Just what is the downstream impact of learning?

This years’ Bringing the Learning Home international skills conference run by British Council in the South Asian city of Hanoi, Vietnam brought together skills experts from across the global to share best practise and innovation in skills development. It was also a chance for conference delegates to experience the ASEAN Skills Competition that took place in Hanoi’s Convention Centre – an event which saw hundreds of young people competing in all manner of skills challenges to test their craft.

Proskills UK Group has been successful in securing a contract with the Vietnamese building materials employer, Viglacera Corporation, to develop a radical structural skills process that will drive up the effectiveness and efficiency of its staff through competence improvement. Having won such a large international contract, the Proskills UK Group were asked to showcase the contract and set out the project’s ambitions for the next 18 months at the Bringing the Learning Home conference. Presenting jointly with Proskills, Ms Yen Nguyen, Viglacera HR Director set about explaining what the company wanted to get from this work in terms of skills, training and HR, but also from a technical and operational perspective. More productive staff, yes of course; safer working practises – obviously; improved quality assurance – without a doubt; and all leading to increased output and more cash in the corporation’s pocket.

But what of the wider downstream impact? Vietnam is an ASEAN region country and a Socialist Peoples’ Republic. This national governance means that Viglacera is 51% owned by the State, with the other 49% in private hands. This relatively new business partnership with Government affords Viglacera the opportunity to drive the business forward in a way not previously seen in Vietnam. This results in conflicting paradigms – the need to increase commercial activity, to become more profitable, whilst maintaining the socialist principles of full employment and robust finance. There’s no mistaking the hierarchical nature of the employment structures in Vietnam where every employee is duty bound to perform well in their role, but how does our skills project really affect the workers, the wider economy and society at large?

First off, employees will see their working environment improve and become much safer. Not just because the company will make safety improvements, but because employees will be furnished with technical, operational and soft skills and knowledge that they will be able to apply through choice. Next employee enhanced operational skills will increase their capability to do more and produce more in a higher quality way that helps Viglacera stay ahead of its competitors. The theory is that if the company can earn more, waste less, employees will benefit from better pay, fringe benefits and working conditions. This is this first line of downstream impact. More pay and better skilled workers must also have an impact of their families. Anybody able to do more through being skilled has a better chance of facing the challenges of a changing economy and job market, creating a self-sustaining ambition and reality to remain employed. But does downstream impact stop there? Of course not. The local economy will benefit from the higher disposable income generated through skills; education standards will rise and become much more employer focussed; schools will be encouraged to impart knowledge that really prepares children for the world of work; opportunity will find an increasing number of women and hard to reach employee groups, mobilising a greater workforce for the greater good; international migration of skills suddenly becomes a borderless reality with the ASEAN Reference Framework allowing employees to move across state and country.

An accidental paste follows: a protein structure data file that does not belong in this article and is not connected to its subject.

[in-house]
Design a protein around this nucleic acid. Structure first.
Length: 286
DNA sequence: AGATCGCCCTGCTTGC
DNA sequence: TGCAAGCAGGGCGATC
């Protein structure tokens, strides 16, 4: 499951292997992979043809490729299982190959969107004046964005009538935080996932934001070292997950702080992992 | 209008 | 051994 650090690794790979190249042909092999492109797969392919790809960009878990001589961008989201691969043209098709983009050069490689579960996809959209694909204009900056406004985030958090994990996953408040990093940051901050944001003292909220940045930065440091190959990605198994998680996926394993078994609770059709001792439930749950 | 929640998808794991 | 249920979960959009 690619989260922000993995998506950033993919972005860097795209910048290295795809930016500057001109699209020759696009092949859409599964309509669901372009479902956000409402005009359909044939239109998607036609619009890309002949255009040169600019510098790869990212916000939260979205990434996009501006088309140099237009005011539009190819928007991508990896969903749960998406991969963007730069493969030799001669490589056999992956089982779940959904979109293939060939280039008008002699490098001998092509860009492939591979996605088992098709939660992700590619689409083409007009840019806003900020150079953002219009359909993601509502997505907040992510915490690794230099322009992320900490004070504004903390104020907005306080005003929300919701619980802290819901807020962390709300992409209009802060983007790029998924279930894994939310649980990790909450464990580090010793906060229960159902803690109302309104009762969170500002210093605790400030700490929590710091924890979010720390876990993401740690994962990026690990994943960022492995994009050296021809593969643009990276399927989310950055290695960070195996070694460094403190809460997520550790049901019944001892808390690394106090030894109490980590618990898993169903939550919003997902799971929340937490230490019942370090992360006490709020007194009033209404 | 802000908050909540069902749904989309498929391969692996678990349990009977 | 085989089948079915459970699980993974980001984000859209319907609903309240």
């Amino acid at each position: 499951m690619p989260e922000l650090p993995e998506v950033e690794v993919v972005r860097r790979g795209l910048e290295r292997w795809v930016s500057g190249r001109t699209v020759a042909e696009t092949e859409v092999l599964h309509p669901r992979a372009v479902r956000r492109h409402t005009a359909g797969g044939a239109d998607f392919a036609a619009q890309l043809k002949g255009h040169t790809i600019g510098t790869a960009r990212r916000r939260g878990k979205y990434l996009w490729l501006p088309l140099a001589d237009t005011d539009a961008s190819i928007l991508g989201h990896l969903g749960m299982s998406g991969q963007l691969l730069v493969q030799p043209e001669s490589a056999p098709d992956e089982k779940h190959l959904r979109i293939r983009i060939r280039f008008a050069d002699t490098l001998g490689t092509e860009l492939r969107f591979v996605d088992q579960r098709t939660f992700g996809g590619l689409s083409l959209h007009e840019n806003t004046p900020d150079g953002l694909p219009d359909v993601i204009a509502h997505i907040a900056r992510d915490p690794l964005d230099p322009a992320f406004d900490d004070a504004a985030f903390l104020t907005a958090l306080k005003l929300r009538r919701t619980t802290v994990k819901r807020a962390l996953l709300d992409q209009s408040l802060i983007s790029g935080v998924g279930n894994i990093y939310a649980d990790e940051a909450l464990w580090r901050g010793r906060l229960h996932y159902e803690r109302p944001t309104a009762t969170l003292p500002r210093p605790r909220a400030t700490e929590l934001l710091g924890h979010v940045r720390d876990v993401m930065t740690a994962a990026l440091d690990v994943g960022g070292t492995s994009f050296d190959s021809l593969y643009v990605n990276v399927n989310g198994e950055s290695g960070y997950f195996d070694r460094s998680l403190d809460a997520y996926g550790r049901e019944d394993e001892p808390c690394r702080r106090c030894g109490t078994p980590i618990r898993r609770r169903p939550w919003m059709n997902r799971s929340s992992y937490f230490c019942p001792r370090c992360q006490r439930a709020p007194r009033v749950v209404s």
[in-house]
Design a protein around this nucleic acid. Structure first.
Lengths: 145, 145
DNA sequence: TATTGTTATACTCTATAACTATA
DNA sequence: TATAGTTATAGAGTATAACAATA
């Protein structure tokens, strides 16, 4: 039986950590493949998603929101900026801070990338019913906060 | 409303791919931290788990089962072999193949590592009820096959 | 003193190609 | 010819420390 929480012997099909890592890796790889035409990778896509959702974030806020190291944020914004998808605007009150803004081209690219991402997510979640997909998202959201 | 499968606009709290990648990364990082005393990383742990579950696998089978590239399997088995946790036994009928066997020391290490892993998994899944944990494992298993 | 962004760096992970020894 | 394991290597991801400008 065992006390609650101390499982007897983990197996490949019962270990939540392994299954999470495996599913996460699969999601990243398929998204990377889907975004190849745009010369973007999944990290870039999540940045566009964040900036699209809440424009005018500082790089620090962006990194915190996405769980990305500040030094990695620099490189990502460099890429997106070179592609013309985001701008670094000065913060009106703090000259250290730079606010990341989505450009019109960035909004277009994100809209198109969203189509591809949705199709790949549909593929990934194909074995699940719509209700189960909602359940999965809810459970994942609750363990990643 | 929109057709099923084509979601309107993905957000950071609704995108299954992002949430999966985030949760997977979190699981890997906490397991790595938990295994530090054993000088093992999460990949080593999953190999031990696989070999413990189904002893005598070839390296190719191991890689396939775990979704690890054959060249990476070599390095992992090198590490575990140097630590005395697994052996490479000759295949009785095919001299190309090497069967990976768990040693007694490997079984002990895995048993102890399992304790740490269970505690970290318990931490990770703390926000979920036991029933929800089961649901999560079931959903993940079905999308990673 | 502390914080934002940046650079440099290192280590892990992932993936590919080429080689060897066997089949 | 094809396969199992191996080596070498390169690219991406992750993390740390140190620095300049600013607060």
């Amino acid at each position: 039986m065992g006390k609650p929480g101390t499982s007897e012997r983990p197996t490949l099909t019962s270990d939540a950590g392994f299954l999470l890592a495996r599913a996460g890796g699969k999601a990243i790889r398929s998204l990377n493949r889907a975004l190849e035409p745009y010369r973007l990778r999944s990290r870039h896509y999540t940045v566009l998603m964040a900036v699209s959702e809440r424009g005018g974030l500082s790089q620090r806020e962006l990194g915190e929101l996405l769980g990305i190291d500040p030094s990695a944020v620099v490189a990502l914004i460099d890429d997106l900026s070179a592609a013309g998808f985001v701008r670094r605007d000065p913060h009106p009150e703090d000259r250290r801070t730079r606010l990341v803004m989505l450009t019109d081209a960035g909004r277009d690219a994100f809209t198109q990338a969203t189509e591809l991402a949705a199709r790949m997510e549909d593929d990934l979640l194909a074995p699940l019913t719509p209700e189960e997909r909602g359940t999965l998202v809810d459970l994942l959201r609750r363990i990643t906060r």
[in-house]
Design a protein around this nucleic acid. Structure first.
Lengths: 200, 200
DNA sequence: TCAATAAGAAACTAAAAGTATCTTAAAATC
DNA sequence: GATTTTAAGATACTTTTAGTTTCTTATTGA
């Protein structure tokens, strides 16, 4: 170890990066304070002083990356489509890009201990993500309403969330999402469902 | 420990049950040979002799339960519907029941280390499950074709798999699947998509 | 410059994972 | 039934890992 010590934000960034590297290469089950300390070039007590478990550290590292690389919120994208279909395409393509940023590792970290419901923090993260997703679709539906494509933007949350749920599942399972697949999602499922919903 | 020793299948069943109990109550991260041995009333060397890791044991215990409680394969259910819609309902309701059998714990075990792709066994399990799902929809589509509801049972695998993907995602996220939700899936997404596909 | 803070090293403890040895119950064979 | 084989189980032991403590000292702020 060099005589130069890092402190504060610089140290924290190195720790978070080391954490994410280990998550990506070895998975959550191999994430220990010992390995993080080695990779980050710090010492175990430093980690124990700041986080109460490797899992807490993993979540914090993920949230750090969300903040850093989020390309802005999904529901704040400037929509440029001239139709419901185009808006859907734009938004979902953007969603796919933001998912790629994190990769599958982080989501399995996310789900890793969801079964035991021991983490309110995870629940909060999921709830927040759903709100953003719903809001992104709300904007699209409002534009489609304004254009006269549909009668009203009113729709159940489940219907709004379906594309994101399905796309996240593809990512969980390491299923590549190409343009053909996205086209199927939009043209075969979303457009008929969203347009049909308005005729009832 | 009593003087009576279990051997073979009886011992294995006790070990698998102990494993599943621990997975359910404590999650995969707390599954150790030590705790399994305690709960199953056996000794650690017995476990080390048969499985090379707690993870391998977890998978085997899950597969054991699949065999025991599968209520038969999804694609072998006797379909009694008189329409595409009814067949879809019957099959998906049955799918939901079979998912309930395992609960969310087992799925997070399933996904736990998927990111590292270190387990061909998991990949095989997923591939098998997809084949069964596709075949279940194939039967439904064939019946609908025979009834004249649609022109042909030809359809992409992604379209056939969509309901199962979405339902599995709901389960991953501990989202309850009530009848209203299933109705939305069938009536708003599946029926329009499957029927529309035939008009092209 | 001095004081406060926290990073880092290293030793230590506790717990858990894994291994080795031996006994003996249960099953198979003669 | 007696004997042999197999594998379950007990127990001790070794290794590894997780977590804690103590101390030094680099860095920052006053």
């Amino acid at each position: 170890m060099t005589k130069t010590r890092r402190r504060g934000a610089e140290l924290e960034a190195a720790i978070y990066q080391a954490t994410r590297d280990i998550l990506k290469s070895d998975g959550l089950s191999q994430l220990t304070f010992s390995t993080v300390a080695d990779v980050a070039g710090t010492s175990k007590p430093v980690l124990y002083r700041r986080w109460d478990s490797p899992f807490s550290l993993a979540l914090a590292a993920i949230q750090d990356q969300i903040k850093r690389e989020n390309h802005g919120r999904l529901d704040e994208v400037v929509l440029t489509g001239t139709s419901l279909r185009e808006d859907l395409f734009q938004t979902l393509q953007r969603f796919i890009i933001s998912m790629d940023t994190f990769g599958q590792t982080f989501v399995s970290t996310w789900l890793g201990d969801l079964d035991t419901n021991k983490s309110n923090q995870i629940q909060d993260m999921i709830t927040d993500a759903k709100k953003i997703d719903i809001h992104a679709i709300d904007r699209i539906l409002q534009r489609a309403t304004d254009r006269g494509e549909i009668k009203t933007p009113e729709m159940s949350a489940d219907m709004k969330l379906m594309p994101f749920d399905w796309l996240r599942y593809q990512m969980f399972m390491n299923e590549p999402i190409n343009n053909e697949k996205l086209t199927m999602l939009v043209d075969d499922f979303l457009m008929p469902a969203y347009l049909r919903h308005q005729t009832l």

Then we come to such mundane but far reaching national Government policy changes. I know, I hear you yawn! The Proskills/Viglacera joint activity will inform the development and rollout of Vietnam’s National Qualification Framework in which vocational skills will be benchmarked against years of academic inadequacies, appearing for the first time as a norm rather than exception. On top of this there will be huge benefits for the provision network and all their supply chains…and so on!

So what? Employees who are not academically gifted, or those who just lack practical skills for employment, suddenly become the driving force of the economy. So rather than being just passengers in an economy they have no control over, through vocational skills ordinary hard working people become the future they didn’t know existed.

And the impact can be felt beyond the company that needs the skills; deeper than just the employee gaining new skills. The downstream impact reaches far and wide across families and society in general.

So is downstream impact the new upstream momentum? Potentially yes I suppose it is. But often skills providers, including corporations forget to mark the start point of the journey and then fail to truly understand the distance travelled. If you do not know how far you have travelled, how on earth do you know what the downstream impact is? Is Bringing the Learning Home more a case of Bringing the Impact Home? That’s a question I shall leave you to ponder.